Raster Data Formats in GIS

Raster Data Formats


Earth surface features including man-made features can be represented in GIS and remote sensing processes as spatial data. Spatial Data in GIS and remote sensing has two primary data formats to create information
  • Raster
  • Vector
Earliest GIS software was either Raster based or Vector based, but now most of the GIS software has data processing capabilities in both formats. Advances in computer technology have largely eliminated the boundaries between Raster and Vector data for GIS applications. An integrated raster and vector data working environment provides many more opportunities as one can combine the mathematical methods and simulations suitable for both the formats in the analysis. Both formats have their advantages and disadvantages.

RASTER DATA

Raster data have become the primary source of spatial data in geographic databases and are used increasingly in a wide variety of GIS applications.  Raster data defined as representing earth surface feature including man-made and natural in grid/cell forms. Its mean all the raster data represented by image, cell and grid formats. The satellite images are recorded in raster format.

Representation of Raster Data

Raster data representation can be defined by this explanation- study area is divided into regular cells of specific dimensions and the measurement or attribute of each cell is represented by a digital code. Locations of raster cells are not explicitly recorded but are inferred from their positions in the image. In general raster data can be represented by a matrix (2D array), where each cell is indexed by row and column numbers.

Raster data representation of Features

  • Points features by single cells
  • Line by sequence of neighboring cells
  • Polygons by collections of contiguous cells

Each cell in raster format carries a value as either an integer or floating point number. Integers are used to typically define a category such as 1 for water, 2 for forest, whereas floating point numbers typically represents continuous data such as ground water quality data, temperature, average annual precipitation, elevation etc.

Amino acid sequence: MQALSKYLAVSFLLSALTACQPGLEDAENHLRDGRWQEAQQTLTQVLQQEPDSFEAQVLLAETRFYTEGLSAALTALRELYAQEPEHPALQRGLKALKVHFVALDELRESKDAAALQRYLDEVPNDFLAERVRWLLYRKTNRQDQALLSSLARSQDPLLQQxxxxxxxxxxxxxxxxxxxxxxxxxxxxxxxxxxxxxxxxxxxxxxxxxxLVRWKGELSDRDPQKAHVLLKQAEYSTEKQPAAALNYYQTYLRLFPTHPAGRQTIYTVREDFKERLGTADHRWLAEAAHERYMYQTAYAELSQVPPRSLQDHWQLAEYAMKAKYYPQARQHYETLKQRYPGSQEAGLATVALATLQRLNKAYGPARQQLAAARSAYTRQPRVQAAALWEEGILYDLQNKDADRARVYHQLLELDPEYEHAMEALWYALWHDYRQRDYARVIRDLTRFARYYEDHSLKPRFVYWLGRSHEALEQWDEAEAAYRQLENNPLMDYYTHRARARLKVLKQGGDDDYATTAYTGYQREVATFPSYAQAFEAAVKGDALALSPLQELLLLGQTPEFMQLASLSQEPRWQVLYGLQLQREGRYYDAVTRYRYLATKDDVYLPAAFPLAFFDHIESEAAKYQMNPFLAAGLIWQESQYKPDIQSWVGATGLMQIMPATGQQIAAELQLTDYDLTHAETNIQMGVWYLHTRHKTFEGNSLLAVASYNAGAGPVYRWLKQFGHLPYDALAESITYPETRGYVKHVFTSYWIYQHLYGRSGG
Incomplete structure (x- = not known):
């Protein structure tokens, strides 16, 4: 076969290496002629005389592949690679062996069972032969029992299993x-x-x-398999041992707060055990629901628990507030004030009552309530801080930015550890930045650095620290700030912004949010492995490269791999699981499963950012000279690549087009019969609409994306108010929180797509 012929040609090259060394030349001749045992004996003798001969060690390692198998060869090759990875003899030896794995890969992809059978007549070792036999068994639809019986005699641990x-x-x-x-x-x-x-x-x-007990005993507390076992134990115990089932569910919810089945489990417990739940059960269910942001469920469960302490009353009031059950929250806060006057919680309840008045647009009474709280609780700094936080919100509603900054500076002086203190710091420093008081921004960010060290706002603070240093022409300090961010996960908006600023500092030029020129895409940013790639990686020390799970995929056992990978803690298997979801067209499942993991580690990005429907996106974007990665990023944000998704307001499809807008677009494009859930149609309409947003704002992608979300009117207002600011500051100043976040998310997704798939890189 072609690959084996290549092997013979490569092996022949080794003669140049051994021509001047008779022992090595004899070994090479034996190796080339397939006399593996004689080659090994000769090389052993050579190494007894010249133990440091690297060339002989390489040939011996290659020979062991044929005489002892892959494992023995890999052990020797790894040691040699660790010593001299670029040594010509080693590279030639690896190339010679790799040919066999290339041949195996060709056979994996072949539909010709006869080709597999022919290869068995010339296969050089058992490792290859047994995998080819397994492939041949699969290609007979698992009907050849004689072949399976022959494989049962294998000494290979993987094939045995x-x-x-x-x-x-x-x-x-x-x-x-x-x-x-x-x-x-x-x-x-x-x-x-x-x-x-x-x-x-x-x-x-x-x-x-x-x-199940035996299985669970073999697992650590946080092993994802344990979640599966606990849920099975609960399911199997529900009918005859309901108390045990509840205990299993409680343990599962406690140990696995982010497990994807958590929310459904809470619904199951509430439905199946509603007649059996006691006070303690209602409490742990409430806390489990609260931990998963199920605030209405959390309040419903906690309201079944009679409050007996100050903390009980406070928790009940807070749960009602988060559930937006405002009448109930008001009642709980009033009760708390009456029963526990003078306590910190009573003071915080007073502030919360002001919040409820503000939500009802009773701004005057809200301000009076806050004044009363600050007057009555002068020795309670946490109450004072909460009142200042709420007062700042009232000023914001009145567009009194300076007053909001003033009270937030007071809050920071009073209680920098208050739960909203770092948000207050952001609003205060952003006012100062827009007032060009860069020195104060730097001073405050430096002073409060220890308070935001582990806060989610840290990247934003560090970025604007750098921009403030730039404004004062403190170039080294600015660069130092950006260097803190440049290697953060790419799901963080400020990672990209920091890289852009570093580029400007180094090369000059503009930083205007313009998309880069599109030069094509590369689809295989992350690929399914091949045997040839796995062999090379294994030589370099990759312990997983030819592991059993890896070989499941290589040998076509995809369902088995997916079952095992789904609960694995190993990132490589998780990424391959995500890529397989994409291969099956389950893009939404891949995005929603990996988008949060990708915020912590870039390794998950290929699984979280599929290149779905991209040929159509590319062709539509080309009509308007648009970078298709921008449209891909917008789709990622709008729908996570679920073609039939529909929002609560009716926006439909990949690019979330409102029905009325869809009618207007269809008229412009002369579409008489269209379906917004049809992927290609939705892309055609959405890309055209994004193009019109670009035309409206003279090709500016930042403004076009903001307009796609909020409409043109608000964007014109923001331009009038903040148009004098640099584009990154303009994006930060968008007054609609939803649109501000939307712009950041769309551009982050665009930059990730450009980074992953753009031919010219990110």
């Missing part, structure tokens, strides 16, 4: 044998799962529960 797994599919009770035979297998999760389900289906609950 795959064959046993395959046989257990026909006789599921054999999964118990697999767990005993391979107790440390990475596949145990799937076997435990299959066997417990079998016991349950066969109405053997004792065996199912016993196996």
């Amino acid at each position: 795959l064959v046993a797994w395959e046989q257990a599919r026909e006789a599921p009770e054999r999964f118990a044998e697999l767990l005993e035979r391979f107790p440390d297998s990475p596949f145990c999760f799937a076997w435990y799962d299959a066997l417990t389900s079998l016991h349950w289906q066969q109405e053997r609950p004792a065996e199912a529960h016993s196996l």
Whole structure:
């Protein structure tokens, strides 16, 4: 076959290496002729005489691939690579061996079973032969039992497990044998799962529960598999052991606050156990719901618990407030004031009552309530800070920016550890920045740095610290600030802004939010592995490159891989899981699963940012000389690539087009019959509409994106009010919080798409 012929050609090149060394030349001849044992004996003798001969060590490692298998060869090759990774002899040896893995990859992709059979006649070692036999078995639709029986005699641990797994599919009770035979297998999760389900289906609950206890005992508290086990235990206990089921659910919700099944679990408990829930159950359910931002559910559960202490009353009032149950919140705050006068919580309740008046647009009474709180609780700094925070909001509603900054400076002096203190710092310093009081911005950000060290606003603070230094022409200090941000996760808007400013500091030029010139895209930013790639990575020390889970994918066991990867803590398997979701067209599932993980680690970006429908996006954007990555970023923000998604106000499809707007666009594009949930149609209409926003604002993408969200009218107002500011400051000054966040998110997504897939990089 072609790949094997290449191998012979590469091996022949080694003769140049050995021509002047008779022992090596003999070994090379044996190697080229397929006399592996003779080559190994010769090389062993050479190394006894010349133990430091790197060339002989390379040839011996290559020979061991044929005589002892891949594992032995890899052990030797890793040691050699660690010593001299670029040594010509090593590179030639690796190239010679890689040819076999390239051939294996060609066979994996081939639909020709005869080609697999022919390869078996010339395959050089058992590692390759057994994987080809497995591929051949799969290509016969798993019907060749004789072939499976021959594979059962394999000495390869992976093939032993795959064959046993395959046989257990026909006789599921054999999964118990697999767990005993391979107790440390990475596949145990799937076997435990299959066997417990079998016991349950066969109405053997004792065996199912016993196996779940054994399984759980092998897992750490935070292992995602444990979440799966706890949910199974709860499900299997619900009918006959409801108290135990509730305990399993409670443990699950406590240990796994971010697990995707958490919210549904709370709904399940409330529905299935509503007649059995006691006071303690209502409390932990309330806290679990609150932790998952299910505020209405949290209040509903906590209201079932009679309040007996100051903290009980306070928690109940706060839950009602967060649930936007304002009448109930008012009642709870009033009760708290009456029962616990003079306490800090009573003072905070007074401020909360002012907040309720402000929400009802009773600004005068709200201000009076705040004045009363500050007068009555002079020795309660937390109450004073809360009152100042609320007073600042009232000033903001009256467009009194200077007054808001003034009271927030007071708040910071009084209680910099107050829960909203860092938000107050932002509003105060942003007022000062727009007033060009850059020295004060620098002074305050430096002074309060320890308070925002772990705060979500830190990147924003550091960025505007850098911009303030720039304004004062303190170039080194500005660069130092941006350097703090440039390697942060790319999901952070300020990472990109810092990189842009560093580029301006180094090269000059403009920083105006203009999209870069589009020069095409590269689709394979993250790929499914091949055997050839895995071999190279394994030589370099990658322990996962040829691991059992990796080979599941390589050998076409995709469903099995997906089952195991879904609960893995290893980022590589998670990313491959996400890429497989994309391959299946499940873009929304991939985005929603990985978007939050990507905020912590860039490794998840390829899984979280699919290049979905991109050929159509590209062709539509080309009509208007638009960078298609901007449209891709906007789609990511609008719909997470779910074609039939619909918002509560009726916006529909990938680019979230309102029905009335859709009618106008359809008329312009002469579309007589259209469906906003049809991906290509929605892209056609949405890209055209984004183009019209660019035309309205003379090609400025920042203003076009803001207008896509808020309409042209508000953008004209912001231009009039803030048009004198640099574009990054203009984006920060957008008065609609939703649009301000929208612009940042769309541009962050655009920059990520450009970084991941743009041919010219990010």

Organization of Raster Data

Raster data are usually organized into layers, which are also known as bands, themes or grid. Each layer have a specific characteristic based n theme such as topography, soil type, drainage, vegetation cover, land use etc. Raster data model is better suited for continuous phenomena and also used raster data model to represent discreet features as well.

Raster Coding

There are many ways of raster coding it can be
1. Presence/Absence
We can use numbers to indicate presence/absence of any specific entities. In general 0 is used to indicate absence.
2. Cell Center
Whatever feature is present at the center point of each cell may be recorded in the cell.
3. Dominant Area
For coding polygons, cell that contains more than one type of feature, then classify the cell based on the feature occupying maximum space in that cell. Each pixel or cell is assumed to have only one value.
4. Percentage Coverage
For each type of feature, the percentage it occupies in any given cell is used to code the raster data.

Advantages of Raster Data Model

Limitations of Raster model

  • Rater data model is not suitable for applications that rely on individual spatial features represented by points, lines and polygons. For example network analysis.
  • Precise locations may not be recorded in raster data as compare to vector data.
  • Features are usually generalized in raster data and do not appear as cartographically pleasing as vector data.
  • Resolution of raster data determines applicability of raster data. With the increase in resolution it increase data volume and affect the computer processing speed.

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